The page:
Courses Take Students Into Community Service
Students strive to leave a lasting change when helping in the community.
By Mary Niederberger
Two years ago, when Ruth Smith became project coordinator of the McKeesport Collaborative, she spent a lot of time stuffing envelopes with information for her member organizations. The collaborative is a joint venture of about 40 nonprofit agencies that help women affected by substance abuse with programs to strengthen families and encourage education and self-sufficiency.
Though a computer sat on the desk of Smith's tiny office, she couldn't figure out how to use it. Recently, however, a computer consultant started to visit her once a week. First, he taught her how to use e-mail to send out information. That eliminated her need to stuff 107 envelopes every few weeks.
Then he helped her to set up a Web site for her organization: www.mcollaborative.org. One might wonder how much the consultations cost the nonprofit organization whose only paid staff member is Smith. The answer: Nothing.
The computer consultant was actually Carnegie Mellon junior Don Kendall, a business major and computer science minor, who spent time with Smith as part of his work for the course Technology Consulting in the Community. Kendall is one of 110 students who have worked with 87 organizations since the course was first offered in the spring of 1998.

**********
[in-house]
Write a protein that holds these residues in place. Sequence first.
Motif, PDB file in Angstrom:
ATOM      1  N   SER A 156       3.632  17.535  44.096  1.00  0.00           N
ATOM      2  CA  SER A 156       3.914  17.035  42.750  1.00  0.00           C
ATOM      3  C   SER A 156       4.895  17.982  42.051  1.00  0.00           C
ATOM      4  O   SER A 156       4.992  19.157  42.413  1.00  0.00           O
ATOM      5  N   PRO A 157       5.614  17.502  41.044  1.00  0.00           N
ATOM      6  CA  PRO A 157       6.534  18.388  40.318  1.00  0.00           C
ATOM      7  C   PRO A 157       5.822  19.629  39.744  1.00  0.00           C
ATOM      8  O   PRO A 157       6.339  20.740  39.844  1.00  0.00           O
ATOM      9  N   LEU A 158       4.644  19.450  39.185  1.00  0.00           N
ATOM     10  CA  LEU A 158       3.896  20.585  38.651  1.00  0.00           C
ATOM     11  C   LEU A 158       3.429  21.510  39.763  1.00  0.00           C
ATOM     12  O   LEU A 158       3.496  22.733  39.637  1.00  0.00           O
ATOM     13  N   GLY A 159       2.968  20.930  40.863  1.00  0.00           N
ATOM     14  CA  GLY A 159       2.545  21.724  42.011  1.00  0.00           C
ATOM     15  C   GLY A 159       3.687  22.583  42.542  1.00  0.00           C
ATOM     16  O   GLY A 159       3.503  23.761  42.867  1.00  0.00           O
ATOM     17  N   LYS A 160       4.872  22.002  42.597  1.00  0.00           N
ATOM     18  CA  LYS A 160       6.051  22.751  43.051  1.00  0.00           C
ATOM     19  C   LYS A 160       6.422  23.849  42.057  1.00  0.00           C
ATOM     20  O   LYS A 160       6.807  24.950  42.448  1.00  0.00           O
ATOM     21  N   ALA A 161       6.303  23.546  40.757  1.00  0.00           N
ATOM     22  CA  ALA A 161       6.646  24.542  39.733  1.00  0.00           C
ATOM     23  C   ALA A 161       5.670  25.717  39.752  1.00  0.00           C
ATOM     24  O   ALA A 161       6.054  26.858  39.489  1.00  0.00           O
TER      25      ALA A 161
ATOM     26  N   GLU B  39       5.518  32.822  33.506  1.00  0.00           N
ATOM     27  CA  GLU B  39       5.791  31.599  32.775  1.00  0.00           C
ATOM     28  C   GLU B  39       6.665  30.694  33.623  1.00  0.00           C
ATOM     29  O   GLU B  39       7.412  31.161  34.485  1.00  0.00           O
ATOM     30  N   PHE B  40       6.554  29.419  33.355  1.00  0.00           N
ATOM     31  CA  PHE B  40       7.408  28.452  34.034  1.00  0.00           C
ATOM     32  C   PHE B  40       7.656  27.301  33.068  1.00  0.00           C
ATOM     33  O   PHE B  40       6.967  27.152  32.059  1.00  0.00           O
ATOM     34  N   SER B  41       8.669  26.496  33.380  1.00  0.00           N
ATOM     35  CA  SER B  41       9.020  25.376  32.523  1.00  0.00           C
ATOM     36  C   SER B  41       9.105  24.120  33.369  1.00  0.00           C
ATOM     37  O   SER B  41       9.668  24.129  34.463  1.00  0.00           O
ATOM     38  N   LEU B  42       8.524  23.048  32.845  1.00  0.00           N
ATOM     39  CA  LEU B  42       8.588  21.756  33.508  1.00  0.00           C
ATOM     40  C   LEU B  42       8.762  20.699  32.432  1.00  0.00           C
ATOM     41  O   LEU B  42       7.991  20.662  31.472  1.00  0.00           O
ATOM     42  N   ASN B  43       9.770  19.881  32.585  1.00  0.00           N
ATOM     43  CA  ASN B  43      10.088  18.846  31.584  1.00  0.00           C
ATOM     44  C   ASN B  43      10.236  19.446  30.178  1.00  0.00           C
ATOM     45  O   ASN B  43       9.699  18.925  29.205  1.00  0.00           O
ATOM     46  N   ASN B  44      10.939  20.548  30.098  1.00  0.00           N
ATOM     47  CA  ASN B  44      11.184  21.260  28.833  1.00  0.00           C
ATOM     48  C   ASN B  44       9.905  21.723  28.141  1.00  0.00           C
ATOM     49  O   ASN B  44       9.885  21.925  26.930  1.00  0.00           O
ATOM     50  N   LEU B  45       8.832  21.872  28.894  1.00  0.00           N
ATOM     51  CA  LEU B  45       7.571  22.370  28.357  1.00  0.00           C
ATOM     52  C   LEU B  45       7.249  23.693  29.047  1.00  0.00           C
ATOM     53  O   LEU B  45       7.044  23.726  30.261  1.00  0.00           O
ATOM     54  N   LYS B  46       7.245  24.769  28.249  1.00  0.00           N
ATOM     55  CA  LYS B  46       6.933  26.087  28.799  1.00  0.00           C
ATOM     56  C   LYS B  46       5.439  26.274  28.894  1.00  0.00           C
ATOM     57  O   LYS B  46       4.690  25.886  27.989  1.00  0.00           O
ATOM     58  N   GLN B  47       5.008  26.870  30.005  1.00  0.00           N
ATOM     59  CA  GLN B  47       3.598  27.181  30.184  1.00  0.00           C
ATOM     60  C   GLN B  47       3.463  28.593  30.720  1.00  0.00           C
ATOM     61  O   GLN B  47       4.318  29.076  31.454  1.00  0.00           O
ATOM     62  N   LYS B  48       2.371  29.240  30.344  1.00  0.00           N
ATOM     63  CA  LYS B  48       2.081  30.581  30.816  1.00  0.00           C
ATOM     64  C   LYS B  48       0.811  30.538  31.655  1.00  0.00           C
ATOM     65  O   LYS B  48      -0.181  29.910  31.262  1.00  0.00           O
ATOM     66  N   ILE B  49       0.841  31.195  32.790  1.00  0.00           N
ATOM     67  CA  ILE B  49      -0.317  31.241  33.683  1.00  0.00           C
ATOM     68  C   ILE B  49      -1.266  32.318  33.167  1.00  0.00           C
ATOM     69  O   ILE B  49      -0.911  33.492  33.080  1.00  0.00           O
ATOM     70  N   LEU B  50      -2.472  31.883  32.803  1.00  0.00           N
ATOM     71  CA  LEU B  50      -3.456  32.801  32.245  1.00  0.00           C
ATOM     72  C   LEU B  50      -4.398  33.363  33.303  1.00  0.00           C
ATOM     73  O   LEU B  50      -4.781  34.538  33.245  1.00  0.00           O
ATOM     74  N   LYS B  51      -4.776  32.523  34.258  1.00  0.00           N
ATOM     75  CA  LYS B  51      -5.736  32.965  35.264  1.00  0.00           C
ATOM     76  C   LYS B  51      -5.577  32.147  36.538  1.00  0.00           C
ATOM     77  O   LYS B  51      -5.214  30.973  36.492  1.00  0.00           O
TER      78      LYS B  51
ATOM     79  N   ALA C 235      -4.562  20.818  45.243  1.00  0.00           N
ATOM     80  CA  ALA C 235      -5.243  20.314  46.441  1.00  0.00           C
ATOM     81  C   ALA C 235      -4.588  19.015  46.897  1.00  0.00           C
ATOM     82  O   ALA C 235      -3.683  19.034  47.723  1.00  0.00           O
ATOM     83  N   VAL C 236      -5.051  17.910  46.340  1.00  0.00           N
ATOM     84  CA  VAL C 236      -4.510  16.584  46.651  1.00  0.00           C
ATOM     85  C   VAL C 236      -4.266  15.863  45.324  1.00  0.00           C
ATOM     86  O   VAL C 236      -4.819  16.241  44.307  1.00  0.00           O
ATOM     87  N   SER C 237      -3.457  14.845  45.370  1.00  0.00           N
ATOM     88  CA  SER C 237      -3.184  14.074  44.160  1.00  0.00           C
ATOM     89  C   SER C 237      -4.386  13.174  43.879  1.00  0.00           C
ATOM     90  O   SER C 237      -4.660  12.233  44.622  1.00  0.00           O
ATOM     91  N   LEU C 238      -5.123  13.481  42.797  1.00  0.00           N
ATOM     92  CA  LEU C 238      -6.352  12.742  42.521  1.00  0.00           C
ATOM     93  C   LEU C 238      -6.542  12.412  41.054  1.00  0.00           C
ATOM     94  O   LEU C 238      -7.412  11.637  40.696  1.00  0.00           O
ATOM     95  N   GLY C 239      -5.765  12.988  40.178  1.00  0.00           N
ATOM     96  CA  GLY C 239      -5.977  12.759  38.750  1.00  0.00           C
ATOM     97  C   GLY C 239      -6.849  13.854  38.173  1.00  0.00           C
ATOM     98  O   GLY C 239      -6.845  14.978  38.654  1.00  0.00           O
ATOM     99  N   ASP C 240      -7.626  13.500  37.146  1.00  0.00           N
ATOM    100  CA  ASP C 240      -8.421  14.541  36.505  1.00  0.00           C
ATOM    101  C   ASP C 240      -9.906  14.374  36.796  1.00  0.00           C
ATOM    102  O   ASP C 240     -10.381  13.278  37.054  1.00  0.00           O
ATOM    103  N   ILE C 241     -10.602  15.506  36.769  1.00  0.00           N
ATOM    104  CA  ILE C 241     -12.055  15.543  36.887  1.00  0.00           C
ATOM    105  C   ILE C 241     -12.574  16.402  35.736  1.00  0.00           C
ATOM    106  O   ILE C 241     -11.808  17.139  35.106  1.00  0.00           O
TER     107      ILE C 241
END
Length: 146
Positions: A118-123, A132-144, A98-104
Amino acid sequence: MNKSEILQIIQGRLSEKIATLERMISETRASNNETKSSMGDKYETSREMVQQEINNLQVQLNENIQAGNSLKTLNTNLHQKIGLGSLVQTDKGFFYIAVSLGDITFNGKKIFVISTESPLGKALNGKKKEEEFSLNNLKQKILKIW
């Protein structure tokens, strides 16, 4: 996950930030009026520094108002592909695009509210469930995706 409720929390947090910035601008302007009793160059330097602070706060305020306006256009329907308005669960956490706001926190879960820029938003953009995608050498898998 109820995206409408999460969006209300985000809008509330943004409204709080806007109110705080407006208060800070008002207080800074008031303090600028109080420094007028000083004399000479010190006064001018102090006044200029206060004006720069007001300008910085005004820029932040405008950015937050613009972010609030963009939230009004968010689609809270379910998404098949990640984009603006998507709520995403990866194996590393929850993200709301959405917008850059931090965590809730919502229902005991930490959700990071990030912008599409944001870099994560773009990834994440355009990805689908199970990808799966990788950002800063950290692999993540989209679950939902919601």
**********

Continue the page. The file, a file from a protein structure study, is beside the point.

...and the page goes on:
The course is one of about two dozen offered at the university that include community service as a major component. Instructors Joseph S. Mertz Jr. and Kathy L. Schroerlucke developed the course so students could apply their classroom skills and knowledge to community projects and organizations.
Moving toward society's real needs Mertz says that the Carnegie Mellon students who take community service courses are better prepared when they reach the work force "because of their demonstrated ability to take education out of the theoretical classroom and use it to address society's real needs."